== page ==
His idea of innovation is quite interesting; “Creating something entirely new or making something that exists better with the introduction of new methods or solutions, all by doing more than anyone thought possible with less than anyone thought possible.” And this is exactly what he has done.
Yaw Duffour Awuah is the founder of Student Aid Plus; a bourgeoning financial services company which among other things offers financial literacy and education loans to Ghanaian high school students. Amazingly, this entrepreneurial genius was only 16 at the time he founded the company. He is a 2012 Anzisha fellow and the recipient of the Barclay’s Award for innovation and creativity.
He was also selected as the Ghanaian ambassador at the 2010 Africa Region Junior Achievement Company of the Year Competition held in Nairobi, Kenya.
In this exclusive interview, the ingenious entrepreneur tells his story as it is, his prospects, achievements, hope for Africa and of course some counsel for the young and aspiring.
So sit back and grab a full measure of inspiration…….. And yes, have a beautiful holiday……
K.A: You are the founder of Student Aid Plus, a thriving financial services company. How did your entrepreneurial journey begin?
Yaw: It all started when I was aged 16 and a student at Accra Academy, a senior high school. My training at home had taught me to find solutions to problems I encounter. I noticed friends in school needed financial help – they couldn’t go back home during vacations or midterms. So I thought to find a way to solve the predominant problem – create a venture that was synonymous with integrity and ease of access.
I then got a patron from Accra Academy and recognition from Junior Achievement Ghana. What pushed me the more to take the idea further was the fact that no financial institution was paying attention to students and the entire educational sector. So I sought to create the first Educational Bank in Africa and beyond.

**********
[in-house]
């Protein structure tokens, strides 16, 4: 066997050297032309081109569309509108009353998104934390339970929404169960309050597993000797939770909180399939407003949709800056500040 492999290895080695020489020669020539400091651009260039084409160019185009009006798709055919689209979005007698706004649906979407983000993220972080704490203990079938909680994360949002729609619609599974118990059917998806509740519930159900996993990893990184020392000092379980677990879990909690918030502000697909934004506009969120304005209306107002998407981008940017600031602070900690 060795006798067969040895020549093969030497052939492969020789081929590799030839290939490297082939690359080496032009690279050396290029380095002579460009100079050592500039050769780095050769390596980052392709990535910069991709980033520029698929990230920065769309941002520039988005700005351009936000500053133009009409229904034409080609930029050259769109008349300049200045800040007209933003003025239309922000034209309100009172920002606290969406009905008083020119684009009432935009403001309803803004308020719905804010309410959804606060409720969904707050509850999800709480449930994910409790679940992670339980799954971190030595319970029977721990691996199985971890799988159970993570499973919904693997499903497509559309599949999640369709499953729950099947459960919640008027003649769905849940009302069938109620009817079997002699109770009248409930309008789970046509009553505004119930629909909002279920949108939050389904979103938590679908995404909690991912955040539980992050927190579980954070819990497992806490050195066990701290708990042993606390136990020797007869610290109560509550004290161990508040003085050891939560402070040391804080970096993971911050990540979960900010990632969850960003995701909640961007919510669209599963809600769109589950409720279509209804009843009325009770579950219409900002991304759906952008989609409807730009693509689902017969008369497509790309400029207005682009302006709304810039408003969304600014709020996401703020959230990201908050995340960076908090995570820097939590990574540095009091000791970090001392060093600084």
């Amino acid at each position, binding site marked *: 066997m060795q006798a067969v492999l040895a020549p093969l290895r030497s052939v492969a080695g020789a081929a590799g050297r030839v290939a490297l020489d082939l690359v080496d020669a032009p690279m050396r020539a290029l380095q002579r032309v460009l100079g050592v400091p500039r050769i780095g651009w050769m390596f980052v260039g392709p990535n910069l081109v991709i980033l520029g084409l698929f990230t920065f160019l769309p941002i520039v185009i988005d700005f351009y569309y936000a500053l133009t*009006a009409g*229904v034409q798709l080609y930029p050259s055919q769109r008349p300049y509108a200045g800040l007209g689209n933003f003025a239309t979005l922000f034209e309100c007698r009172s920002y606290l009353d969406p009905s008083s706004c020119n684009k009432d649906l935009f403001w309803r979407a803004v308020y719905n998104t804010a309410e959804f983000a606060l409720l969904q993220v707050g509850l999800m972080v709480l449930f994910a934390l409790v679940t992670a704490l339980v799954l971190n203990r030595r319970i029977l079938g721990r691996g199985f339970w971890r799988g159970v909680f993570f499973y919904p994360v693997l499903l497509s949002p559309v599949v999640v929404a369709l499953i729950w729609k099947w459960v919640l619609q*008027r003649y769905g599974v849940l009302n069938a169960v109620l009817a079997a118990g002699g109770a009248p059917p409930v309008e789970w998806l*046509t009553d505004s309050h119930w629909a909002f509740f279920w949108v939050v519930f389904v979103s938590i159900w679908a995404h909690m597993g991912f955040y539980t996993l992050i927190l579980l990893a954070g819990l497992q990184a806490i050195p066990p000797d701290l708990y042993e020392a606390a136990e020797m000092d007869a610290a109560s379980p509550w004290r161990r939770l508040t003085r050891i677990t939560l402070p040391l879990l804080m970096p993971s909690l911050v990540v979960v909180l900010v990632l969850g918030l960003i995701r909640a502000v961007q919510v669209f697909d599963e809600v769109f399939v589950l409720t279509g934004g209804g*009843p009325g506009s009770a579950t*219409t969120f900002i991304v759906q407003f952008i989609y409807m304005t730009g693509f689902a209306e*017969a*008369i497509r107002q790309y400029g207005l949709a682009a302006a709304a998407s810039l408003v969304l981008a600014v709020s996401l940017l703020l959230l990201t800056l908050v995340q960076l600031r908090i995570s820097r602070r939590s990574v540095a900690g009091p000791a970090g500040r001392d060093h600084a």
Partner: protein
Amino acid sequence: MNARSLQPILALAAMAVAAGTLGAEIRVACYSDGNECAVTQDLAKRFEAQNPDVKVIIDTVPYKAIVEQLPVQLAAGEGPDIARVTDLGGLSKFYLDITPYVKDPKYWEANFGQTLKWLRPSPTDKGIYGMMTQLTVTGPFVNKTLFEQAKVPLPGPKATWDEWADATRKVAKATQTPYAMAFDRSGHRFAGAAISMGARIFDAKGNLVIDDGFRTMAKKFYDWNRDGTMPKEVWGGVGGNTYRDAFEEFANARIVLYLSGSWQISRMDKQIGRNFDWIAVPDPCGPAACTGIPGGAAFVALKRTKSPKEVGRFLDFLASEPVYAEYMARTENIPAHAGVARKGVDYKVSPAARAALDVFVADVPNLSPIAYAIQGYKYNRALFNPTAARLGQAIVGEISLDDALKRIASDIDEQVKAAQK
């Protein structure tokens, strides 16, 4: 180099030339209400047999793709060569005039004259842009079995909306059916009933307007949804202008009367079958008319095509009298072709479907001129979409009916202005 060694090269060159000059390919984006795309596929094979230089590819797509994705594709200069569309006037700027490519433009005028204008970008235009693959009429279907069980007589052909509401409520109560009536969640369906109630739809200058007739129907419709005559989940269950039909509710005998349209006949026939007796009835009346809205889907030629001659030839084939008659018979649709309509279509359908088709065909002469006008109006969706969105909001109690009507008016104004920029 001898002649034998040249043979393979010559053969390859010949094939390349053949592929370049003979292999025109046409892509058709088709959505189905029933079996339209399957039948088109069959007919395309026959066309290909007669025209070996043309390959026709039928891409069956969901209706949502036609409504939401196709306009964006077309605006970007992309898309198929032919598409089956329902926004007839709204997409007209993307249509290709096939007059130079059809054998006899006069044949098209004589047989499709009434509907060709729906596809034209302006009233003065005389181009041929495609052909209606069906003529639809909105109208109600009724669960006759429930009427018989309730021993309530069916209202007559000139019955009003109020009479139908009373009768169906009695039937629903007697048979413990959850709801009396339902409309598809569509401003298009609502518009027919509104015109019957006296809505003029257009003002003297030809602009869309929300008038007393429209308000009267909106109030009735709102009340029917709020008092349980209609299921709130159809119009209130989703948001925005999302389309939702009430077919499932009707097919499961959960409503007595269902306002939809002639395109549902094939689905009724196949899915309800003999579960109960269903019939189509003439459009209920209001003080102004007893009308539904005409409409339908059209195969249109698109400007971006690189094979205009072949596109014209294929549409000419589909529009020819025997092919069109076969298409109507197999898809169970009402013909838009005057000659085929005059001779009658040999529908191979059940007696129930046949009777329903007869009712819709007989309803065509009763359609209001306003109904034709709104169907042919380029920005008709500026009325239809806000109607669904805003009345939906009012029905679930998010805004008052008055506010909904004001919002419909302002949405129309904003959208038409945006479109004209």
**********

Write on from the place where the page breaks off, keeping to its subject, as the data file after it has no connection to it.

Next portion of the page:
K.A: You were only 16 at the time. How were you able to raise funds to launch your business?
Yaw: Funding was not easy and still hasn’t been easy. Then, I used my savings to commence the venture by giving out loans. Within a couple of months it was exhausted. I just thought how I could continue with the venture. I gathered a few students numbering 50 and conveyed the idea to them to purchase shares in Apex Loans in return for yearly gains or profits.
They agreed and that was how I got 50 shareholders to sustain the business and to grow it further. I gave them share certificates as well to certify that I had sold shares to them. For the first 2 years I was able to offer them up to 75% return on their shares bought.
K.A: Now, let’s get a little personal, who is Yaw Duffour? Ethnicity, education, family……..
Yaw: I’m a bit of a shy person and overcoming it. I come from a fantastic, humble in all respects (financially as well), close knit family. I have a brother and two sisters. I am the last of four children and the youngest in a family of six. In terms of age my family members are far advanced in age than I am, haha, it doesn’t make me feel too small though because they treat me like them so I get exposed to many things.
Just once in a while they remind me by asking, ” when did you grow?” They really get worried about me and call me continuously when I’m not home. My parents are both Akans which makes me one as well. With regard to education, I completed Junior Secondary education at Gilead School and got admitted to Accra Academy where I studied Science. Then I had another admission to GTUC now Ghana Technology University College where I studied Telecommunications Engineering. My next dream is to take up studies in Finance and Investments if possible on scholarship.
K.A: From Apex Loans to Student Aid Plus, what informed your decision to rename the company?
Yaw: That transition was timely. Apex Loans was innovative because it was doing more than it aimed. I was now partnering with banks to organise financial seminars for my customers and the students in my school community. I had invested in another student who produces customised bags. I also gave him expert support in other ways to grow his business, to tell you this investment was worth it.